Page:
Sonali Kolhatkar, host of KPFK's "Uprising" morning show, spoke of the how commercial news media neglect to report on the pain and suffering of the people of Afghanistan. After the U.S. bombed their way into Afghanistan looking for Osama bin Laden, the soldiers left a wake of destruction and misery for many civilians. The U.S. did not reconstruct what they have destroyed and many livelihoods and many lives were lost or ruined in the process. But the average American reading the newspaper or watching the news on television does not know what the people of Afghanistan are experiencing. This is not because Americans are inherently ignorant, but rather because of lack of news coverage--most reporters are assigned to cover events that affect the political elites of the nation, meaning the status of the average Afghan citizen is not high on the agenda for a commercial news enterprise.
Sonali also explained that the Taliban regime came into power with the help of the United States. The U.S first intervened in a war on Afghan soil against Russian troops during Jimmy Carter's administration in 1979. The U.S.-backed Afghan guerrillas continued fighting the Russians during the Reagan administration (1981-1989) and in the first year of George H W Bush (1989). When the Russians pulled out of Afghanistan, so did the United States. However, the U.S. also left behind a sizable stash of weapons and cash, which fell into the hands of the Taliban. The Taliban became a notoriously cruel regime, punishing those who did not obey their whims by flogging, public amputations, and public executions. After 9-11, the Americans went back into Afghan terrain, not only to find Osama Bin Laden, but to “bring freedom and democracy.” However, the Northern Alliance that replaced the Taliban did not improve the lot of the Afghan people very much. In other words, the Afghans got pretty much the same crap, but with another despot in charge. Photos by Anne Brodsky, which were presented in conjunction with Sonali’s speech show images of Afghans living in squalor amid the ruins of bombed-out buildings and neighborhoods reduced to rubble. Among Brodsky’s photos are haunting images of a public execution and images of school children sitting on dirt floors, because they lack chairs and desks.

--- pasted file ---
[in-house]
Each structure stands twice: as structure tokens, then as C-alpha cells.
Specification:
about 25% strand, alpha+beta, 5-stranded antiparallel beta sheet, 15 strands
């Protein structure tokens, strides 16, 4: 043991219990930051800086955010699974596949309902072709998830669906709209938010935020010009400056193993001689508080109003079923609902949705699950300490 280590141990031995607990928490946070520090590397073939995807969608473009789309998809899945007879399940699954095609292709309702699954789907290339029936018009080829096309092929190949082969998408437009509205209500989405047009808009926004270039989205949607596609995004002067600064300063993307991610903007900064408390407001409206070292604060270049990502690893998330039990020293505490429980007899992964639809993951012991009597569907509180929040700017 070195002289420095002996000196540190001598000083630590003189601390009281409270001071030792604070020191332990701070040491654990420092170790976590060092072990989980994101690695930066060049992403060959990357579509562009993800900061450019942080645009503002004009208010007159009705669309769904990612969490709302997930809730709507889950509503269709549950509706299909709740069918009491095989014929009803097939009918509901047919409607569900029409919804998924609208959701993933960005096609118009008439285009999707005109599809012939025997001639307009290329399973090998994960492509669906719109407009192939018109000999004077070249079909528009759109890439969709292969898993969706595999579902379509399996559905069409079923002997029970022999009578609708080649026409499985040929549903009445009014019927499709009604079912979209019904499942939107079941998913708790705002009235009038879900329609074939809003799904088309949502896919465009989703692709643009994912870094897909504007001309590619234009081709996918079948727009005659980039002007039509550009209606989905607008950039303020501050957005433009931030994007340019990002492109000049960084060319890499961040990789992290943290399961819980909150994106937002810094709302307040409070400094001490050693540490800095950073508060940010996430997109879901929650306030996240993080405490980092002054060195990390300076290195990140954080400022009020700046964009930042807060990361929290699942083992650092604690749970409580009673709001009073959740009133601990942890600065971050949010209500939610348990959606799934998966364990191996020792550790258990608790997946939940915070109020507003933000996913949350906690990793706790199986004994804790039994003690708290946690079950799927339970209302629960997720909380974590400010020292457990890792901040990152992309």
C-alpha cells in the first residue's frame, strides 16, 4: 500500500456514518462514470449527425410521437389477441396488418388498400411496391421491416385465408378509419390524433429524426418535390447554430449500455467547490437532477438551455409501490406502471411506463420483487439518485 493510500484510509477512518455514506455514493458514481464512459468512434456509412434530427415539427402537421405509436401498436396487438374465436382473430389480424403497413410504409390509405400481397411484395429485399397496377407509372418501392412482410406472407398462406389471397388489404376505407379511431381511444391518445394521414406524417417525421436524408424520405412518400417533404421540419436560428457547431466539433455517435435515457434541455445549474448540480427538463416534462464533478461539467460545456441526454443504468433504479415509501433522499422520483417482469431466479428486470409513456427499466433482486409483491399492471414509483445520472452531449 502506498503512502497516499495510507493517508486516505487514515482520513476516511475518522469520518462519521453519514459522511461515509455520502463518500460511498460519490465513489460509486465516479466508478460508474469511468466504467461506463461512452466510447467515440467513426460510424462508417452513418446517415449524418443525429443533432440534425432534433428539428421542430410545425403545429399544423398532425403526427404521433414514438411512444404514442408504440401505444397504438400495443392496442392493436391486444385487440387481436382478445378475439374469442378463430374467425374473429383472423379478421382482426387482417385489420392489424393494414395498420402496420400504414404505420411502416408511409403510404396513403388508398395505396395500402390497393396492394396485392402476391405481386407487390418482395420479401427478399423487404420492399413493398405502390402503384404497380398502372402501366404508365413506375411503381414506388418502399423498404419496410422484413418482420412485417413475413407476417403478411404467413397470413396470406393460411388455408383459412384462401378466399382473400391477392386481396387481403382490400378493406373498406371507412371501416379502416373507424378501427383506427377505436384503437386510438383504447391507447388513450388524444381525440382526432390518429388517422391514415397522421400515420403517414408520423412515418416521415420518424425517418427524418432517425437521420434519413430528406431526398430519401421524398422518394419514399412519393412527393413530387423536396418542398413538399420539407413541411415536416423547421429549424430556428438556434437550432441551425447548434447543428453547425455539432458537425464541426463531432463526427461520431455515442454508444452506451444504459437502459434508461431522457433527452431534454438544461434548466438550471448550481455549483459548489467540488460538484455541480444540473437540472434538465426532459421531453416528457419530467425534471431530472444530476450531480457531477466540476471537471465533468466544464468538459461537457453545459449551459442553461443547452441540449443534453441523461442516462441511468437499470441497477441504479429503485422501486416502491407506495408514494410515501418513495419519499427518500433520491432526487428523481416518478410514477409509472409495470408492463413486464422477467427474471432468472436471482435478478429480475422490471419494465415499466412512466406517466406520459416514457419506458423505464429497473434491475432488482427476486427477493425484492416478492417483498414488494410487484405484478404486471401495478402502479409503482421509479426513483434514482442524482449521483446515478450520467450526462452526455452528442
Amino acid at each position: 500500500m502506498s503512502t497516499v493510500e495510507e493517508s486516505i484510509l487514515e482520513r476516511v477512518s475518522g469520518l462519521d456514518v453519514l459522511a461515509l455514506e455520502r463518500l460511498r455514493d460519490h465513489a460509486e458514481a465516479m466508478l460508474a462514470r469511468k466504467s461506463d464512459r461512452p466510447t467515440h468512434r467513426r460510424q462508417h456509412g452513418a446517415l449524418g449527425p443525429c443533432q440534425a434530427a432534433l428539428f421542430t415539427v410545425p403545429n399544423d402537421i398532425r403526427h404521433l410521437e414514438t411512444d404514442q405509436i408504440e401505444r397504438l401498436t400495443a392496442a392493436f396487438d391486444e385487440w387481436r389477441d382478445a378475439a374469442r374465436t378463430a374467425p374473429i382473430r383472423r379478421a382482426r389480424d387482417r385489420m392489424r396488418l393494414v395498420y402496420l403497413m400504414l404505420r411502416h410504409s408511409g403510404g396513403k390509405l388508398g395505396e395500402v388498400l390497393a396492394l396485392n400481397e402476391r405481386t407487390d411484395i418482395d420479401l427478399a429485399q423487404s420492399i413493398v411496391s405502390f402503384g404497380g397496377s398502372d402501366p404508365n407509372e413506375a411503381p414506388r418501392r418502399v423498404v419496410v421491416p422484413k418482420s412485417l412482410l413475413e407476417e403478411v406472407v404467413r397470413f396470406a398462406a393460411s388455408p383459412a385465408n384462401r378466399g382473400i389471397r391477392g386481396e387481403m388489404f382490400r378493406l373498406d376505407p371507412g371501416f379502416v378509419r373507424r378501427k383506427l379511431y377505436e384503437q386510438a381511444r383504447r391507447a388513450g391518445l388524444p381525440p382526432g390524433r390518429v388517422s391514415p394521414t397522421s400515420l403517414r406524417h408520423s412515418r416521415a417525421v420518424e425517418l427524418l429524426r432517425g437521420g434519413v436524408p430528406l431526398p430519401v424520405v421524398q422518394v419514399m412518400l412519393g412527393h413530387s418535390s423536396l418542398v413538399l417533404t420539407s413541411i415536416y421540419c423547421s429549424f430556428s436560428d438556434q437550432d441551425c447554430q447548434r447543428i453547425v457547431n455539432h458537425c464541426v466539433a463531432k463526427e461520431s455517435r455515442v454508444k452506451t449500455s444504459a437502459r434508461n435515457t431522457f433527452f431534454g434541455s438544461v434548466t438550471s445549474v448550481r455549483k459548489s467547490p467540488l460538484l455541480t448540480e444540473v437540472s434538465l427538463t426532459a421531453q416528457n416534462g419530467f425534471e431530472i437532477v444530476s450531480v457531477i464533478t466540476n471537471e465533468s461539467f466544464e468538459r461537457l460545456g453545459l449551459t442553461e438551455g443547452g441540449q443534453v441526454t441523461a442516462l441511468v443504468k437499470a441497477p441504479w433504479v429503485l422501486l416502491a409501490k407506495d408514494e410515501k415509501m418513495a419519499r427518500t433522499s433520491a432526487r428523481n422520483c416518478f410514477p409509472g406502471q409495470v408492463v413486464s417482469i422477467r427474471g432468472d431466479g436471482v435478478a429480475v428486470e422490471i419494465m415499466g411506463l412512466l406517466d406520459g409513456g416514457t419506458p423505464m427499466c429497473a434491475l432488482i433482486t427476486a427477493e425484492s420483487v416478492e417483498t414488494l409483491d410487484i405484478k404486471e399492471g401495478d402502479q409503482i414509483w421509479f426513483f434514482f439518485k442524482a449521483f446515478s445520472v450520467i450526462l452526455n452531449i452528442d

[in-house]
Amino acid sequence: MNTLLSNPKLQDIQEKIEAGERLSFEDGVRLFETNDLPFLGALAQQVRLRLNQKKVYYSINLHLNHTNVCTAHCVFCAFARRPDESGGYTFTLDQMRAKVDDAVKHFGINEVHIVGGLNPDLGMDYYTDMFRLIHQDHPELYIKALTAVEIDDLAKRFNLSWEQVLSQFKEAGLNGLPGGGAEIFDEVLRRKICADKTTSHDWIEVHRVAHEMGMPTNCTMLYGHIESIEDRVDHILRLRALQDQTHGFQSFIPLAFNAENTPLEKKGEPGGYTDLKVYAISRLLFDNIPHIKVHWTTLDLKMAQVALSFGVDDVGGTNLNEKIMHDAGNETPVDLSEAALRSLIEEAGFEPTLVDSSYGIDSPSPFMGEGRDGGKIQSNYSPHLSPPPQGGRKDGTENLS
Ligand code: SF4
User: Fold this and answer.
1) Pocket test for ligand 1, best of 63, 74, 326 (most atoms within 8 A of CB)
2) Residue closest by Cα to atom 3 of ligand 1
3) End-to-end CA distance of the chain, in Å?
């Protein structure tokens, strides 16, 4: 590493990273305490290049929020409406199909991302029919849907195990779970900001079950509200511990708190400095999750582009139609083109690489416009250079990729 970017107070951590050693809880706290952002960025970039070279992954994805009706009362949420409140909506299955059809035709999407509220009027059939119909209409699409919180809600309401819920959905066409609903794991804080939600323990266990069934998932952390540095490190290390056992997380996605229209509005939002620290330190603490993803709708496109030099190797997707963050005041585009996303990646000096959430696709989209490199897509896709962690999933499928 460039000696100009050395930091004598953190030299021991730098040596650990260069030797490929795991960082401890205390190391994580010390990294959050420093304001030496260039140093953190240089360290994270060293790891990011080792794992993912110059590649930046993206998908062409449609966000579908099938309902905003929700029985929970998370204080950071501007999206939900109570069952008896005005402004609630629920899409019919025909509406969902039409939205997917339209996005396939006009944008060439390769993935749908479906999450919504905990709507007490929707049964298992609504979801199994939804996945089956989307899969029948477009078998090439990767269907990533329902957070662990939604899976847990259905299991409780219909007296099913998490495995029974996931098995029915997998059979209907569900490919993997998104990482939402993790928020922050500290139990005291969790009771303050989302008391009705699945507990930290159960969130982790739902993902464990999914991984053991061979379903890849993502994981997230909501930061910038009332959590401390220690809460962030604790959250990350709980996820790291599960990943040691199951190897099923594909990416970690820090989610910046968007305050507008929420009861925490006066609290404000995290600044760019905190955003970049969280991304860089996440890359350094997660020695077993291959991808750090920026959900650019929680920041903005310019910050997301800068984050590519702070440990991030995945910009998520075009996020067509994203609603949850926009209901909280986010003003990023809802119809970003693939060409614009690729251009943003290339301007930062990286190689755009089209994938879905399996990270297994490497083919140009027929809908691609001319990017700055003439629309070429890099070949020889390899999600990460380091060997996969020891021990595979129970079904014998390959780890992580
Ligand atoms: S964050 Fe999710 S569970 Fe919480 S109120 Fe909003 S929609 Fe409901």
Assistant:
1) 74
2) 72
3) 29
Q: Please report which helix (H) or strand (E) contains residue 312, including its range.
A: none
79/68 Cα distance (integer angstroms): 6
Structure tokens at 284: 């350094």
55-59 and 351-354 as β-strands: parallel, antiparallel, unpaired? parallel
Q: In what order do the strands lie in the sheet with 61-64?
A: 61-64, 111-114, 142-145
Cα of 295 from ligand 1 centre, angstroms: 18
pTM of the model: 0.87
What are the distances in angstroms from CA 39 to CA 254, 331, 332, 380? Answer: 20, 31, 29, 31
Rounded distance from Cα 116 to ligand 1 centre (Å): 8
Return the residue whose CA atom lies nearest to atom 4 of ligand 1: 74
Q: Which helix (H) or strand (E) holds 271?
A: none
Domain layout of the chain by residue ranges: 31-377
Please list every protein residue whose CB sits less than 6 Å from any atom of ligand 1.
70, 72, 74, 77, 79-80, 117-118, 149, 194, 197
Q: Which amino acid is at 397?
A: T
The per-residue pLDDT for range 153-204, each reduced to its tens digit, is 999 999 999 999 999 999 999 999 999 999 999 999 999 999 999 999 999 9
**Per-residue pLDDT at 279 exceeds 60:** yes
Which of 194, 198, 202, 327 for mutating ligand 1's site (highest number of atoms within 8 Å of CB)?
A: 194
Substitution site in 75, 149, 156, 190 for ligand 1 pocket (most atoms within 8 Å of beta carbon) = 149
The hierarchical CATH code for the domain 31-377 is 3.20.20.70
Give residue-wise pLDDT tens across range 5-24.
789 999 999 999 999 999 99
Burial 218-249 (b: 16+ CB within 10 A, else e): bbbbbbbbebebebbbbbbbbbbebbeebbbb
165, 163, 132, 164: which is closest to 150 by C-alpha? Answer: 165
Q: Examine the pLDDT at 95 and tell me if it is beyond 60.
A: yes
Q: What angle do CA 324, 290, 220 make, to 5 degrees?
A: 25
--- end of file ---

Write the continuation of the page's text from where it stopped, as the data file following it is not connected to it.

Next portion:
Political folk singer Ross Altman’s lyrics demonstrate the irony of the American self-deception of being a peaceful nation, even in the face of war. The first two stanzas of his first song were a direct quote from the president: “We’re a peace-loving nation; I’m a peace-loving guy.” However, this illusion of peace is shattered as Altman’s song continues: “Kill a camel for peace--bomb’em back into the Stone Age—you’re just collateral damage.” The powerful lyrics of his next song mentions the atrocities of Wounded Knee, the Koreans massacred at No Gun Ri and of Vietnam. Shifting his focus to current events, Altman sings “Torturing Iraqi Prisoners is as American as apple pie,” in reference to the infamous events at the Abu Ghraib prison.